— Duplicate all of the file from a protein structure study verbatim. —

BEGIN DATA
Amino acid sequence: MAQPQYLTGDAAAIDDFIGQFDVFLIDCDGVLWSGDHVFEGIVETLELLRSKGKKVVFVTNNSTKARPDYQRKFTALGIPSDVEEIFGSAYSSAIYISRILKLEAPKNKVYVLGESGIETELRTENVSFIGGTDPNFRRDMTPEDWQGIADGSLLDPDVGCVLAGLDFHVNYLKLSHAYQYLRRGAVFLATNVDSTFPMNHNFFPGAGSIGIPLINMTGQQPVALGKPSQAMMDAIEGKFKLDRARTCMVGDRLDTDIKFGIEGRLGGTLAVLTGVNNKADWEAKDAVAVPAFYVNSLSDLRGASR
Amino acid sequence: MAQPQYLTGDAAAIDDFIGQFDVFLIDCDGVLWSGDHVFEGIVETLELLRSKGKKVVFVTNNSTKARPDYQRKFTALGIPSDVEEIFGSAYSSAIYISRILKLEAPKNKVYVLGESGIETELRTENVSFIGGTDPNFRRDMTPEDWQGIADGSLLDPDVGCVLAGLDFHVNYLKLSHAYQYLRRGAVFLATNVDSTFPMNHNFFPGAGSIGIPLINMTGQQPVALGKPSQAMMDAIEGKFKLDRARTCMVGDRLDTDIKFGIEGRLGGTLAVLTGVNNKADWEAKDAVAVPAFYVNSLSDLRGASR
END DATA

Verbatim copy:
Amino acid sequence: MAQPQYLTGDAAAIDDFIGQFDVFLIDCDGVLWSGDHVFEGIVETLELLRSKGKKVVFVTNNSTKARPDYQRKFTALGIPSDVEEIFGSAYSSAIYISRILKLEAPKNKVYVLGESGIETELRTENVSFIGGTDPNFRRDMTPEDWQGIADGSLLDPDVGCVLAGLDFHVNYLKLSHAYQYLRRGAVFLATNVDSTFPMNHNFFPGAGSIGIPLINMTGQQPVALGKPSQAMMDAIEGKFKLDRARTCMVGDRLDTDIKFGIEGRLGGTLAVLTGVNNKADWEAKDAVAVPAFYVNSLSDLRGASR
Amino acid sequence: MAQPQYLTGDAAAIDDFIGQFDVFLIDCDGVLWSGDHVFEGIVETLELLRSKGKKVVFVTNNSTKARPDYQRKFTALGIPSDVEEIFGSAYSSAIYISRILKLEAPKNKVYVLGESGIETELRTENVSFIGGTDPNFRRDMTPEDWQGIADGSLLDPDVGCVLAGLDFHVNYLKLSHAYQYLRRGAVFLATNVDSTFPMNHNFFPGAGSIGIPLINMTGQQPVALGKPSQAMMDAIEGKFKLDRARTCMVGDRLDTDIKFGIEGRLGGTLAVLTGVNNKADWEAKDAVAVPAFYVNSLSDLRGASR